**Get started with Spring 5 and Spring Boot 2, through the ***Learn Spring* course:

*Learn Spring*course:

**>> CHECK OUT THE COURSE**

Last modified: August 13, 2020

In Java, we've got two ways to say “AND”. But which to use?

In this tutorial, we'll look at the differences between & and &&. And, we'll learn about bitwise operations and short-circuiting along the way.

**The bitwise AND (&) operator compares each binary digit of two integers and returns 1 if both are 1, otherwise, it returns 0. **

Let's take a look at two integers:

```
int six = 6;
int five = 5;
```

Next, let's apply a bitwise AND operator on these numbers:

```
int resultShouldBeFour = six & five;
assertEquals(4, resultShouldBeFour);
```

To understand this operation, let's look at the binary representation of each number:

```
Binary of decimal 4: 0100
Binary of decimal 5: 0101
Binary of decimal 6: 0110
```

The & operator performs a logical AND on each bit, and returns a new binary number:

```
0110
0101
-----
0100
```

Finally, our result – *0100 – *can be converted back to decimal number – *4*.

Let's see the test Java code:

```
int six = 6;
int five = 5;
int resultShouldBeFour = six & five;
assertEquals(4, resultShouldBeFour);
```

Also, we can use the bitwise AND (*&*) operator with *boolean* operands. **It returns true only if both the operands are true, otherwise, it returns false.**

Let's take three *boolean* variables:

```
boolean trueBool = true;
boolean anotherTrueBool = true;
boolean falseBool = false;
```

Next, let's apply a bitwise AND operator on variables *trueBool* and *anotherTrueBool*:

`boolean trueANDtrue = trueBool & anotherTrueBool;`

Then, the result will be *true*.

Next, let's apply a bitwise AND operator on *trueBool* and *falseBool*:

`boolean trueANDFalse = trueBool & falseBool;`

In this case, the result will be *false*.

Let's see the test Java code:

```
boolean trueBool = true;
boolean anotherTrueBool = true;
boolean falseBool = false;
boolean trueANDtrue= trueBool & anotherTrueBool;
boolean trueANDFalse = trueBool & falseBool;
assertTrue(trueANDtrue);
assertFalse(trueANDFalse);
```

**Like &, the logical AND (&&) operator compares the value of two boolean variables or expressions. **And, it returns also

Let's take three *boolean* variables:

```
boolean trueBool = true;
boolean anotherTrueBool = true;
boolean falseBool = false;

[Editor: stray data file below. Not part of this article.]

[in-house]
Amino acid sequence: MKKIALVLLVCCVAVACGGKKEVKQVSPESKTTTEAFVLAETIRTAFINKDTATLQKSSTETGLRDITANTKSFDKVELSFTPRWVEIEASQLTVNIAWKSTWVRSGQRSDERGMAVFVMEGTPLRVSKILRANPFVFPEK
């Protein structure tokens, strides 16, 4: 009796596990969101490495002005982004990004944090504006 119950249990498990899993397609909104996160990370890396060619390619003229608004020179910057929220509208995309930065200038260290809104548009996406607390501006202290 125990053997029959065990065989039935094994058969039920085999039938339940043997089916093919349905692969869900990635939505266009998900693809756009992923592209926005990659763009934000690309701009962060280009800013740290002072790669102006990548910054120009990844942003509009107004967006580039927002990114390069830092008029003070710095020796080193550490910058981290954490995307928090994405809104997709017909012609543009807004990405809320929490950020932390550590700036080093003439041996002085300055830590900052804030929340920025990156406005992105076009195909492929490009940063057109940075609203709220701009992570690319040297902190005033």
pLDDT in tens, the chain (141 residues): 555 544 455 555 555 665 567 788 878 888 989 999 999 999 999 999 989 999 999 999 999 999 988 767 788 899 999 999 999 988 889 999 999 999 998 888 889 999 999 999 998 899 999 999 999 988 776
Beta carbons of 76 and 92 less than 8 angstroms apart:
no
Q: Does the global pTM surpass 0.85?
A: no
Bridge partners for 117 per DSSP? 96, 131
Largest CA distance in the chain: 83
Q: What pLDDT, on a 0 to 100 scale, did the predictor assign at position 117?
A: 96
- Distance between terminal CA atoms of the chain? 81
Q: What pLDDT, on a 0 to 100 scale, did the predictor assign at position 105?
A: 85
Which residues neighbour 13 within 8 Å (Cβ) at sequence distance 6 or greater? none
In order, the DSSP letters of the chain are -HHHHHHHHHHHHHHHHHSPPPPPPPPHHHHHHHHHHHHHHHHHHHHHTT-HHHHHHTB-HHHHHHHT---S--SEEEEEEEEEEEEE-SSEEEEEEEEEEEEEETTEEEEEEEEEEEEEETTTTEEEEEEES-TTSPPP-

```

Next, let's apply a logical AND operator on variables *trueBool* and *anotherTrueBool*:

`boolean trueANDtrue = trueBool && anotherTrueBool;`

Then, the result will be *true*.

Next, let's apply a logical AND operator on *trueBool* and *falseBool*:

`boolean trueANDFalse = trueBool && falseBool;`

In this case, the result will be *false*.

Let's see the test Java code:

```
boolean trueBool = true;
boolean anotherTrueBool = true;
boolean falseBool = false;
boolean anotherFalseBool = false;
boolean trueANDtrue = trueBool && anotherTrueBool;
boolean trueANDFalse = trueBool && falseBool;
boolean falseANDFalse = falseBool && anotherFalseBool;
assertTrue(trueANDtrue);
assertFalse(trueANDFalse);
assertFalse(falseANDFalse);
```

So, what's the difference? Well, **the && operator short-circuits. **This means it doesn't evaluate the right-hand side operand or expression when the left-hand side operand or expression is

Let's take two expressions evaluating as false:

```
First Expression: 2<1
Second Expression: 4<5
```

When we apply a logical AND operator on expressions *2<1 *and* 4<5, *then it evaluates only the first expression *2<1* and returns* false.*

```
boolean shortCircuitResult = (2<1) && (4<5);
assertFalse(shortCircuitResult);
```

We can use the & operator with boolean or numeric types but && can only be used with boolean operands. Using it with integer operands results in a compilation error:

```
int five = 2;
int six = 4;
int result = five && six;
```

- The & operator always evaluates both expressions, whereas the && operator evaluates the second expression only if the first one is
*true* - & compares each operand bitwise, whereas && operates only on booleans

In this article, we used the bitwise *&* operator to compare bits of two digits resulting in a new digit. Also, we used the logical *&&* operator to compare two booleans, resulting in a boolean value.

We also saw some key differences between the two operators.

As always you can find the code for this tutorial over on GitHub.

Follow the Java Category

Follow the Java category to get regular info about the new articles and tutorials we publish here.